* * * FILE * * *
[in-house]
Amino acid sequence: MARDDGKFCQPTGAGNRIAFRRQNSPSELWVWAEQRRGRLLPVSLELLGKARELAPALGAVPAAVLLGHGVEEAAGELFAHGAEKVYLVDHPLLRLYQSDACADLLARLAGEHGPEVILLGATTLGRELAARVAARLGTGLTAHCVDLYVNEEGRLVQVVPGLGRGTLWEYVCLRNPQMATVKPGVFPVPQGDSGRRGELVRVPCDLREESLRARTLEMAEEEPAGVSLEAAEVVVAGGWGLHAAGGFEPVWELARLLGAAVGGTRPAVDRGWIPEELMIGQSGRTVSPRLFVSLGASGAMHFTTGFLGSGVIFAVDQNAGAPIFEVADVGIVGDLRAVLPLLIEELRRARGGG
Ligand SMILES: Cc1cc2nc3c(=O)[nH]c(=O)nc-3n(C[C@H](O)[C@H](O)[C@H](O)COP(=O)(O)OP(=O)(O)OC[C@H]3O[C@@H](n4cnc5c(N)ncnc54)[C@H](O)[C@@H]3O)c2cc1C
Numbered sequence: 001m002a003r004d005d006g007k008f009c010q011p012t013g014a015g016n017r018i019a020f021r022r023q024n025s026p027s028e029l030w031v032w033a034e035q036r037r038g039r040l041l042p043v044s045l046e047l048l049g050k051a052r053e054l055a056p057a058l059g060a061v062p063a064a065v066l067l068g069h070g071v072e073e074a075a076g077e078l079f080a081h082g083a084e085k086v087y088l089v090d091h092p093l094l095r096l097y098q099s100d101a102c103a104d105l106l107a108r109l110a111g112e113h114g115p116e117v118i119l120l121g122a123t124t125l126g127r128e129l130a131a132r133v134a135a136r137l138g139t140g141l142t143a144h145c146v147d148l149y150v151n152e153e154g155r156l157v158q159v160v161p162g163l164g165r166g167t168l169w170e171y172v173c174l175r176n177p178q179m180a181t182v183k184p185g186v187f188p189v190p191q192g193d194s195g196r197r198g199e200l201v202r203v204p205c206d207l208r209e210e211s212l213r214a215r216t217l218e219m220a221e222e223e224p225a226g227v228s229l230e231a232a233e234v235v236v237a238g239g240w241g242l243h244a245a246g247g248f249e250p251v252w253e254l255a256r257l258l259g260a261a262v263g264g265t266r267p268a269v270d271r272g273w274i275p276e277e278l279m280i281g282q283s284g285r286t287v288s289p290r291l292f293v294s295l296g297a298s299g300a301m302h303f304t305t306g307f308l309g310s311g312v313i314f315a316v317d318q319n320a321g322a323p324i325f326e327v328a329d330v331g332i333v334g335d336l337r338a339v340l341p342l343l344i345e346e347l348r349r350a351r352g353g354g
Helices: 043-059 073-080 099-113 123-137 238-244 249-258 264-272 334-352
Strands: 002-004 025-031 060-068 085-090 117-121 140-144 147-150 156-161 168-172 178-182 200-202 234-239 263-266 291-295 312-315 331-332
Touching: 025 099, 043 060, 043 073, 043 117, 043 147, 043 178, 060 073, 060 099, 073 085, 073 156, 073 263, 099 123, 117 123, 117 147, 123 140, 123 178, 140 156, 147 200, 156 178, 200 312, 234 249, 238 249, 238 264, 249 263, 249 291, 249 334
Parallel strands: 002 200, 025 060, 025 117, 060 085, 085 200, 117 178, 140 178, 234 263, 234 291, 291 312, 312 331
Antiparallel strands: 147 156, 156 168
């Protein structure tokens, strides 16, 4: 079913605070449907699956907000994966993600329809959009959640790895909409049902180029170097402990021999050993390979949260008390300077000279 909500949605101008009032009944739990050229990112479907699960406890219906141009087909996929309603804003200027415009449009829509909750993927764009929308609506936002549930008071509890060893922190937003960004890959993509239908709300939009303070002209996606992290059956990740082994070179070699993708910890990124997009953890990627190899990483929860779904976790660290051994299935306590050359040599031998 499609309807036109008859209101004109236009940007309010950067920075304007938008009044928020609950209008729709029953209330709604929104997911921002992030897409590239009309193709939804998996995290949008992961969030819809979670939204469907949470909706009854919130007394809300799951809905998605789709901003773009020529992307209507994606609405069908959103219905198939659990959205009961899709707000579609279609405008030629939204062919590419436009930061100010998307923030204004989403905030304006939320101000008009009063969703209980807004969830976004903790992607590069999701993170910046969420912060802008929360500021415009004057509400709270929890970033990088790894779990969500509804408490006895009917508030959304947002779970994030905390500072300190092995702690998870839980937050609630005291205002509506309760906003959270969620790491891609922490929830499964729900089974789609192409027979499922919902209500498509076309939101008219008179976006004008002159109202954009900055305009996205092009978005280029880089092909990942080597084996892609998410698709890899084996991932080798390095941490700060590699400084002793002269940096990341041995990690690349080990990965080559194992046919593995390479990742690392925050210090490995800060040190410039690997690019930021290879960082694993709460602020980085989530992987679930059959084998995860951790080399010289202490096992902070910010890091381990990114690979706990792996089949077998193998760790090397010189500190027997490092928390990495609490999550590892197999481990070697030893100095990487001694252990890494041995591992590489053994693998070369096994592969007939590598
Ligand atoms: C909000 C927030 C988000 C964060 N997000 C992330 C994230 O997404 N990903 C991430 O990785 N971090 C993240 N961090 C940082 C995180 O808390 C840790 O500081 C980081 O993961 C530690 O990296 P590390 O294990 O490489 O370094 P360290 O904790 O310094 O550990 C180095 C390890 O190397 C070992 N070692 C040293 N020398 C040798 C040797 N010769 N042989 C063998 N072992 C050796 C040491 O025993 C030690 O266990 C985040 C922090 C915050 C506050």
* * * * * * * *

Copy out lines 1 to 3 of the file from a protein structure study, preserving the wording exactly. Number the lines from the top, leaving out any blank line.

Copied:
[in-house]
Amino acid sequence: MARDDGKFCQPTGAGNRIAFRRQNSPSELWVWAEQRRGRLLPVSLELLGKARELAPALGAVPAAVLLGHGVEEAAGELFAHGAEKVYLVDHPLLRLYQSDACADLLARLAGEHGPEVILLGATTLGRELAARVAARLGTGLTAHCVDLYVNEEGRLVQVVPGLGRGTLWEYVCLRNPQMATVKPGVFPVPQGDSGRRGELVRVPCDLREESLRARTLEMAEEEPAGVSLEAAEVVVAGGWGLHAAGGFEPVWELARLLGAAVGGTRPAVDRGWIPEELMIGQSGRTVSPRLFVSLGASGAMHFTTGFLGSGVIFAVDQNAGAPIFEVADVGIVGDLRAVLPLLIEELRRARGGG
Ligand SMILES: Cc1cc2nc3c(=O)[nH]c(=O)nc-3n(C[C@H](O)[C@H](O)[C@H](O)COP(=O)(O)OP(=O)(O)OC[C@H]3O[C@@H](n4cnc5c(N)ncnc54)[C@H](O)[C@@H]3O)c2cc1C